Well, life is back to normal…after around two weeks. I called in and told them I would remain on the line until the NT was available. They told me he would call back within 48 hours. I insisted on knowing what the tech. thought was the problem. The NT said he would call back in four hours. I still insisted on knowing what the tech. thought was the problem, this didn’t get very far…I concluded by asking the first tier helpdesk to inform the NT that I was placing all Verizon related tickets online and that if this news made it into mainstream press the NT could be assured Verizon higher-ups would be looking for someone to sacrifice. I received a call-back within an hour or two. The problem had been resolved. It had been an issue with the configuration of their Juniper switches…I am happy now but think that my suggestions above still carry significant weight. It shouldn’t have taken two weeks to make a configuration change.

Image thanks to striatic’s generous creative commons license.

  1. [1]This way if a ticket is closed, the consumer knows it…rather than waiting a day or two to call back in about the issue to find out that the NT never did anything with the issue.

Verizon FiOS.

Growing up I lived in Westerlo New York. No, its not a big town. Yes, that’s the reason you’ve never heard of it. In any case, its way out in the middle of nowhere and to this day large portions of the town can only access the internet via 56k…err, make that 28.8k. As a teenager I spent so many hours waiting for a page to load – I learned to read a book at the same time I was surfing the web (a habit that stays with me to this day).

Actiontec MI424WR wireless router
Image via Wikipedia

When I moved to Pennsylvania I experienced what high speed internet was on Philadelphia Biblical University’s campus. Granted, the speeds weren’t that amazing – but since I worked oftentimes over winter and summer breaks when most of the students were away things cracked along at amazingly fast speeds. The bonded T1’s providing 3 Mbps of internet connectivity.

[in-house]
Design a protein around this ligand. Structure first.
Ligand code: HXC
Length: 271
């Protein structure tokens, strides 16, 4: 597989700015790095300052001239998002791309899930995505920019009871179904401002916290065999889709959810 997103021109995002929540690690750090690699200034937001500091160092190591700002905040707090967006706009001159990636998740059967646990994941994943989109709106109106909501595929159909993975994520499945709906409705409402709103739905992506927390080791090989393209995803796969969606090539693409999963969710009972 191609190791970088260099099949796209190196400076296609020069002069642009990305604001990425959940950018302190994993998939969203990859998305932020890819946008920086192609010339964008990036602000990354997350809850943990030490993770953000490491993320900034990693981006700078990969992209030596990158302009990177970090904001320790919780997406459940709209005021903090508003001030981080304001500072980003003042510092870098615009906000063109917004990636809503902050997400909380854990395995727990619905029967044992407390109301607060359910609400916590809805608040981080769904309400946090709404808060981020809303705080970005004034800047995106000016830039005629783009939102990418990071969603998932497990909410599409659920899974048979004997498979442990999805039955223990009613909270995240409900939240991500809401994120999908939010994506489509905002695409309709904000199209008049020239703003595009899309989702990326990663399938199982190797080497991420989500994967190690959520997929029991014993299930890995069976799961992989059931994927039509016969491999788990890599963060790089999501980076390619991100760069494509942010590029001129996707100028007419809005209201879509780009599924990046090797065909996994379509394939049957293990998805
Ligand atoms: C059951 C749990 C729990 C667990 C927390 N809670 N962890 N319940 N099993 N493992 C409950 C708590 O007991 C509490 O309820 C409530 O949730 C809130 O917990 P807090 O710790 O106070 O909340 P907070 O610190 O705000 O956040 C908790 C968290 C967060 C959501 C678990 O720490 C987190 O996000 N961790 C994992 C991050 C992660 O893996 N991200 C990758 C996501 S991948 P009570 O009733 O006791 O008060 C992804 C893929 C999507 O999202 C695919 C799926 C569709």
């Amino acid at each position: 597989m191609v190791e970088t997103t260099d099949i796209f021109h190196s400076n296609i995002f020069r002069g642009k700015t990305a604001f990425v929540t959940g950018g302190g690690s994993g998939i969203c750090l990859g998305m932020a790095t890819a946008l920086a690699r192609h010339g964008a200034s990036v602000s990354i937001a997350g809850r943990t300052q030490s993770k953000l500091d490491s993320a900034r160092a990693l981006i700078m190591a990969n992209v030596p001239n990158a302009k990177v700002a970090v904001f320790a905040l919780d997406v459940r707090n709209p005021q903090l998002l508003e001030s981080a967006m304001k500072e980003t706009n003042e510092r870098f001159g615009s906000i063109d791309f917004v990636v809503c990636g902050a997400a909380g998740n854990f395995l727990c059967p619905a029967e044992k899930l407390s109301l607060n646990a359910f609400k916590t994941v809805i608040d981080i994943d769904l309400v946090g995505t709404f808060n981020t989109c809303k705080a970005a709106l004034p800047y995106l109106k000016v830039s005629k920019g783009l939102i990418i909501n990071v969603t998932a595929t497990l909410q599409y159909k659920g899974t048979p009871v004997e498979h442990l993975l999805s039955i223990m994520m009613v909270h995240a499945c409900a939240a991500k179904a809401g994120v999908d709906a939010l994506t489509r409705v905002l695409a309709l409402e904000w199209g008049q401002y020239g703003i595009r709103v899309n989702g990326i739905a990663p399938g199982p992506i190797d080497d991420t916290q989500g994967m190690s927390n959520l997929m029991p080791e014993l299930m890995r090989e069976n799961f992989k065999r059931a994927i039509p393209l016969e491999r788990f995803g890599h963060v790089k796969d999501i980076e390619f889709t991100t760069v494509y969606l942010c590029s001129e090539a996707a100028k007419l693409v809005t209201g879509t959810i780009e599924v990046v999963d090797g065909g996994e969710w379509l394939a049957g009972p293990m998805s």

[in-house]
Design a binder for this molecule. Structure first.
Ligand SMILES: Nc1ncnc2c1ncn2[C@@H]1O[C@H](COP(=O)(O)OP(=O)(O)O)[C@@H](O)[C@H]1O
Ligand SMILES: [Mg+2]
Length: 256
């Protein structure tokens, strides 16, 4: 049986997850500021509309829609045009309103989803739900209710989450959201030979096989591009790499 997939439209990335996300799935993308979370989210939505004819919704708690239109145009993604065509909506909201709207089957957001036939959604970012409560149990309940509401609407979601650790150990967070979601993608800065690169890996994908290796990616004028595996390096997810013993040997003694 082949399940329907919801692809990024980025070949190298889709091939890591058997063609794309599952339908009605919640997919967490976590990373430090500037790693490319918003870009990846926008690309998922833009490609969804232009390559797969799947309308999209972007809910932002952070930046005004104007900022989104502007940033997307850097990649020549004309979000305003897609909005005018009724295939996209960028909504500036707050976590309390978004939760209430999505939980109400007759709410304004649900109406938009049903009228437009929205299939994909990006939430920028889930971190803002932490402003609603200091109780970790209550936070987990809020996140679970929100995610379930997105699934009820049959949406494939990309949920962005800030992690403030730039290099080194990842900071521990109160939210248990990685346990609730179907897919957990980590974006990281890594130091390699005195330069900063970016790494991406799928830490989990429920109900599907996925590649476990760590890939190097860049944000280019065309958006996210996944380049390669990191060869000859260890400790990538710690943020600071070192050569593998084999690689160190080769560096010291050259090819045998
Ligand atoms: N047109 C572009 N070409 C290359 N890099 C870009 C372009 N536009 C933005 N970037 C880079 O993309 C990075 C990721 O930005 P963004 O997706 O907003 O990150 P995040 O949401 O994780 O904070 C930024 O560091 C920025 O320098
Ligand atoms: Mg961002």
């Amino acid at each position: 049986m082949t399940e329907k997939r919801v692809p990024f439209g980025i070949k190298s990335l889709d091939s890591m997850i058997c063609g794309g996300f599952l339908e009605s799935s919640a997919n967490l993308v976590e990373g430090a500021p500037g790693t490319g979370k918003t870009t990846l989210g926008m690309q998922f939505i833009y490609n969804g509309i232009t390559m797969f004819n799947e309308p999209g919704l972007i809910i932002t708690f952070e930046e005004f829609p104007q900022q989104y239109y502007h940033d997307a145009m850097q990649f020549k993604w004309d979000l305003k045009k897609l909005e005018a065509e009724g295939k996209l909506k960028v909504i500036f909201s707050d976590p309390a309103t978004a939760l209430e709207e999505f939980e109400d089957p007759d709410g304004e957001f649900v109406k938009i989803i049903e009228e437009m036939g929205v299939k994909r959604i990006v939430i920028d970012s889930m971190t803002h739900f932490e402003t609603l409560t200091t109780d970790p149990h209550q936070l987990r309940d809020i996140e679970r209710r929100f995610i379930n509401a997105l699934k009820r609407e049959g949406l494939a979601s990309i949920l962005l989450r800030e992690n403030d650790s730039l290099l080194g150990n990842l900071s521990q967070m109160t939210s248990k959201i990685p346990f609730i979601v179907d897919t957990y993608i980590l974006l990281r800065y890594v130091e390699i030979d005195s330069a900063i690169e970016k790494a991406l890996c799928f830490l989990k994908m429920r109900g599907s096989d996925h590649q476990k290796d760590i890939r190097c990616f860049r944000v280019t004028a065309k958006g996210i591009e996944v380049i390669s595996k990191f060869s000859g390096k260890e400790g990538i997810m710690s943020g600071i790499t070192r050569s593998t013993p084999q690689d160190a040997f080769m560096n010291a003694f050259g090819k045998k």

For a while I moved back to dial-up, until I was hired by Collages.net Inc. Then I moved up to DSL – and through several different providers including Verizon and Speakeasy. This continued until Charity and I bought our current home – and they had just begun FiOS layouts. So we had the FiOS run.

What exactly is FiOS? I’m glad you asked. Lets take a minute to talk about the different types of connectivity one can have:

  • Dial-Up – Uses traditional copper lines and communicates via analog signals. At the sender’s end the modem translates everything into analog and then it must be converted back into digital on the receiving. Okay, that’s not the big problem – the real problem is that dial-up operates at 56kbps at its fastest – and that’s slow.
  • Cable Modem – Operates over the same lines that the cable video network runs over. Much bigger pipes but everyone in a local area shares the same pipe. If you are the only person or one of a small number using cable, things go fast – but start to build up a lot of users at a local node and internet speeds will begin to deteriorate. Common speeds are around 1-8 Mbps (~1000-8000 Kbps).
  • DSL – Runs over traditional phone lines but at much higher speeds than dial-up yet usually at lower speeds than cable’s theoretical maximums. Oftentimes speeds where in the range of 1-2 Mbps.
  • FiOS – Uses dedicated fiber run to the individual home, providing exceptional speeds as high as 20-40 Mbps currently (~20,000-40,000 Kbps) and starting at 5 Mbps!

As you can begin to see from the above breakdown of service types (yes, I ignored satellite, ISDN, etc.) – FiOS kicks butt for two reasons. First, it has a dedicated line and second its speed is excellent. Not to say that cable can’t catch up, but it will require significant infrastructure upgrades by the cable providers.

So, anyways, I’ve really enjoyed FiOS and have very few complaints. But, to be fair, I’ll list the issues I’ve encountered with FiOS:

  • The technicians who installed my FiOS where telecommunications guys and didn’t really understand how FiOS or the internet in general worked. Verizon has been cross-training these guys, but they are still relative newbies. Perhaps they are better now with two years of experience under their belts.
  • Verizon at one point canceled my line due to a billing mistake on their end. Their network did not recognize I had been successfully connected and yet I had internet access, so out of the blue I lost internet connectivity when they decided one day to terminate my connection. They rectified this within 3-5 days.
  • Verizon is horrific if you have to call them. Granted, I barely ever have to call for technical support – but if you do, be ready for your patience to be tried. The worst part is the automated phone system. By the time you reach a technician you are ready to strangle someone. The technician’s themselves aren’t bad, though sometimes lack the ability to effectively troubleshoot the issue (I’m a network guy). The worst though is after dialing through their automated system and waiting on hold for 10-15 minutes you receive this message, “We are sorry, all lines are busy. Please call back later.” What?!?!
  • They only warranty their routers for a year. If your router dies after that period expect to either pay them a hefty fee (and it will die) or go to Best Buy/Circuit City and pick up a new unit (unfortunately, you’ll need to be a geek to figure out how to configure the router).

Okay, I know those sound like a lot of negatives…But its the best experience I’ve had thus far from an ISP. I’m pleased with the speeds and with the technology. If Verizon could work on the customer service aspect they’d have one killer service.